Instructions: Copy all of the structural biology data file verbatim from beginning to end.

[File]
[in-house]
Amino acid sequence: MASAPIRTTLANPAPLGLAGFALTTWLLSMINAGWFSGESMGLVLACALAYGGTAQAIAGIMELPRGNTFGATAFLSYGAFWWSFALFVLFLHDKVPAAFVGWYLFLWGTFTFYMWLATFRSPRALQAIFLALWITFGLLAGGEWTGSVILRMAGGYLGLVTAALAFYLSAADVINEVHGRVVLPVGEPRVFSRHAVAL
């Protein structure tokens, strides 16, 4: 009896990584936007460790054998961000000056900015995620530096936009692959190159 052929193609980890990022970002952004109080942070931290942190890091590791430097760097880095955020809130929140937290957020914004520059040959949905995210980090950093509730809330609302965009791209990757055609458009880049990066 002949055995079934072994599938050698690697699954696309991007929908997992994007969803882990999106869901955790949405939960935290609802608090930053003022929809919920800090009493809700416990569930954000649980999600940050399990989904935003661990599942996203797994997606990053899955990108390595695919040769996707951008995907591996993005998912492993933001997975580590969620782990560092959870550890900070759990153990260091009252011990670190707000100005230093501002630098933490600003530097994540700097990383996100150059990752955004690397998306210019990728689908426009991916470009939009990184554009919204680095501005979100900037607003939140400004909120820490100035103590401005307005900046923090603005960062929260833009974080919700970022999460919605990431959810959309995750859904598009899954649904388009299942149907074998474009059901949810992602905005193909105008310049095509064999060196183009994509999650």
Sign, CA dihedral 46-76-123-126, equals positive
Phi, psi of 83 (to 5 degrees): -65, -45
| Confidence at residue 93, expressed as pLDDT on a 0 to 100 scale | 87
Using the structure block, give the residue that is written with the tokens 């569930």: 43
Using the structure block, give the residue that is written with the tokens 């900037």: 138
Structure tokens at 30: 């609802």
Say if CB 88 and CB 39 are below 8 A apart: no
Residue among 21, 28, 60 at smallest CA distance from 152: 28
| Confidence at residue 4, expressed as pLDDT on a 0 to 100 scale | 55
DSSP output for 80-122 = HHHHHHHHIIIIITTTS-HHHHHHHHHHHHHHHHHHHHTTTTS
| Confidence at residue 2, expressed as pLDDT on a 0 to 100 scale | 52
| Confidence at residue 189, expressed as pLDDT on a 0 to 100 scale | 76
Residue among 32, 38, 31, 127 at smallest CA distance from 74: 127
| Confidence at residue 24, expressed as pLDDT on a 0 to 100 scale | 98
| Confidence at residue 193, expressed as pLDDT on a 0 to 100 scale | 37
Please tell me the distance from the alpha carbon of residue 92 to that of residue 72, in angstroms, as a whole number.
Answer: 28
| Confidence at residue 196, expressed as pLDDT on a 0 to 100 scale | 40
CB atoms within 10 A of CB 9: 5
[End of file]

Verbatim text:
[in-house]
Amino acid sequence: MASAPIRTTLANPAPLGLAGFALTTWLLSMINAGWFSGESMGLVLACALAYGGTAQAIAGIMELPRGNTFGATAFLSYGAFWWSFALFVLFLHDKVPAAFVGWYLFLWGTFTFYMWLATFRSPRALQAIFLALWITFGLLAGGEWTGSVILRMAGGYLGLVTAALAFYLSAADVINEVHGRVVLPVGEPRVFSRHAVAL
């Protein structure tokens, strides 16, 4: 009896990584936007460790054998961000000056900015995620530096936009692959190159 052929193609980890990022970002952004109080942070931290942190890091590791430097760097880095955020809130929140937290957020914004520059040959949905995210980090950093509730809330609302965009791209990757055609458009880049990066 002949055995079934072994599938050698690697699954696309991007929908997992994007969803882990999106869901955790949405939960935290609802608090930053003022929809919920800090009493809700416990569930954000649980999600940050399990989904935003661990599942996203797994997606990053899955990108390595695919040769996707951008995907591996993005998912492993933001997975580590969620782990560092959870550890900070759990153990260091009252011990670190707000100005230093501002630098933490600003530097994540700097990383996100150059990752955004690397998306210019990728689908426009991916470009939009990184554009919204680095501005979100900037607003939140400004909120820490100035103590401005307005900046923090603005960062929260833009974080919700970022999460919605990431959810959309995750859904598009899954649904388009299942149907074998474009059901949810992602905005193909105008310049095509064999060196183009994509999650």
Sign, CA dihedral 46-76-123-126, equals positive
Phi, psi of 83 (to 5 degrees): -65, -45
| Confidence at residue 93, expressed as pLDDT on a 0 to 100 scale | 87
Using the structure block, give the residue that is written with the tokens 């569930």: 43
Using the structure block, give the residue that is written with the tokens 């900037």: 138
Structure tokens at 30: 């609802």
Say if CB 88 and CB 39 are below 8 A apart: no
Residue among 21, 28, 60 at smallest CA distance from 152: 28
| Confidence at residue 4, expressed as pLDDT on a 0 to 100 scale | 55
DSSP output for 80-122 = HHHHHHHHIIIIITTTS-HHHHHHHHHHHHHHHHHHHHTTTTS
| Confidence at residue 2, expressed as pLDDT on a 0 to 100 scale | 52
| Confidence at residue 189, expressed as pLDDT on a 0 to 100 scale | 76
Residue among 32, 38, 31, 127 at smallest CA distance from 74: 127
| Confidence at residue 24, expressed as pLDDT on a 0 to 100 scale | 98
| Confidence at residue 193, expressed as pLDDT on a 0 to 100 scale | 37
Please tell me the distance from the alpha carbon of residue 92 to that of residue 72, in angstroms, as a whole number.
Answer: 28
| Confidence at residue 196, expressed as pLDDT on a 0 to 100 scale | 40
CB atoms within 10 A of CB 9: 5